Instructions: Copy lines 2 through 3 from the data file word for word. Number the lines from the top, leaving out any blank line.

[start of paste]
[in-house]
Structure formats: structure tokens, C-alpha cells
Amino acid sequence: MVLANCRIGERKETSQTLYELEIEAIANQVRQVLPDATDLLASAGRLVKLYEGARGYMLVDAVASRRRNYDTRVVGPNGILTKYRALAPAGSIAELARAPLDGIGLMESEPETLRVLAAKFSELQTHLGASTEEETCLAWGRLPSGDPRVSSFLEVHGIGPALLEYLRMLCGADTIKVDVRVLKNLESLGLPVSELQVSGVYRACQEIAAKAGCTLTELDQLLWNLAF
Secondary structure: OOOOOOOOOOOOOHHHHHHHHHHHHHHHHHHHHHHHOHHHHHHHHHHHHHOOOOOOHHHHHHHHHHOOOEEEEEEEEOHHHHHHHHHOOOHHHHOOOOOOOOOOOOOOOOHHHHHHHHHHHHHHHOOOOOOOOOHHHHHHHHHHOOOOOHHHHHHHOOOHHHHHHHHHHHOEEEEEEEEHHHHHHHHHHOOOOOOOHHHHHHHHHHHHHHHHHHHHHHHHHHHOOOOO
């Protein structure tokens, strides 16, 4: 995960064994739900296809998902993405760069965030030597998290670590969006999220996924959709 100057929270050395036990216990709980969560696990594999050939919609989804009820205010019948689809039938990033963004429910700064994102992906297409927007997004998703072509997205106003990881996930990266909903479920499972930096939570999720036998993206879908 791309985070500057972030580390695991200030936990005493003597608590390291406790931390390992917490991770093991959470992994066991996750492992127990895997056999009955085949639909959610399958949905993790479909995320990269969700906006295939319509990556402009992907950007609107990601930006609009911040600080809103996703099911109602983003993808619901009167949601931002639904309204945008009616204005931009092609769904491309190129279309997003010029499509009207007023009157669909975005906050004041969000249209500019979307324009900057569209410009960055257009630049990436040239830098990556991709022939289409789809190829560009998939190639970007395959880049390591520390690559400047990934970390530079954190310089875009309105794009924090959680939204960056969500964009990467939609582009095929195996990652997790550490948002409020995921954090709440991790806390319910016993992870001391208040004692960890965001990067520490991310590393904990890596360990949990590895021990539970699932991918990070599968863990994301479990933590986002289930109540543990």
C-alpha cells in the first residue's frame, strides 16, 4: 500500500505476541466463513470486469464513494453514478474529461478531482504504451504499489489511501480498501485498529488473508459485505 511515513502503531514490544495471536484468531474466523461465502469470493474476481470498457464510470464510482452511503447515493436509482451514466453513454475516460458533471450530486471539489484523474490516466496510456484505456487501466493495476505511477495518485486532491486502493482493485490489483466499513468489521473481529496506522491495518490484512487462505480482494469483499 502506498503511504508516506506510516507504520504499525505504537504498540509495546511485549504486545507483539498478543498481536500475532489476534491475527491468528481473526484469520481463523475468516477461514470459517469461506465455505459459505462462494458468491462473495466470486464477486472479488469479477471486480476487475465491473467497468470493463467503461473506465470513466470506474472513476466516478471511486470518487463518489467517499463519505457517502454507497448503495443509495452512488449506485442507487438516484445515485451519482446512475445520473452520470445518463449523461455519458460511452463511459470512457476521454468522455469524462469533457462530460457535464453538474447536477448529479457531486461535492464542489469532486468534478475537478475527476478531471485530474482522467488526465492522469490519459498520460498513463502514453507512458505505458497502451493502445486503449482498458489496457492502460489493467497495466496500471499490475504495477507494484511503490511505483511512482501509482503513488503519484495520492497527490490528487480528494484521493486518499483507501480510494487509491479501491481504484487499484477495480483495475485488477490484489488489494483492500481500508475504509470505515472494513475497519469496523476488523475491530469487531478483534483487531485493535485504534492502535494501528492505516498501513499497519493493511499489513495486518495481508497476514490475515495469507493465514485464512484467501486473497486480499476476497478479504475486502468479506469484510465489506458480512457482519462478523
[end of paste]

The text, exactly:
Structure formats: structure tokens, C-alpha cells
Amino acid sequence: MVLANCRIGERKETSQTLYELEIEAIANQVRQVLPDATDLLASAGRLVKLYEGARGYMLVDAVASRRRNYDTRVVGPNGILTKYRALAPAGSIAELARAPLDGIGLMESEPETLRVLAAKFSELQTHLGASTEEETCLAWGRLPSGDPRVSSFLEVHGIGPALLEYLRMLCGADTIKVDVRVLKNLESLGLPVSELQVSGVYRACQEIAAKAGCTLTELDQLLWNLAF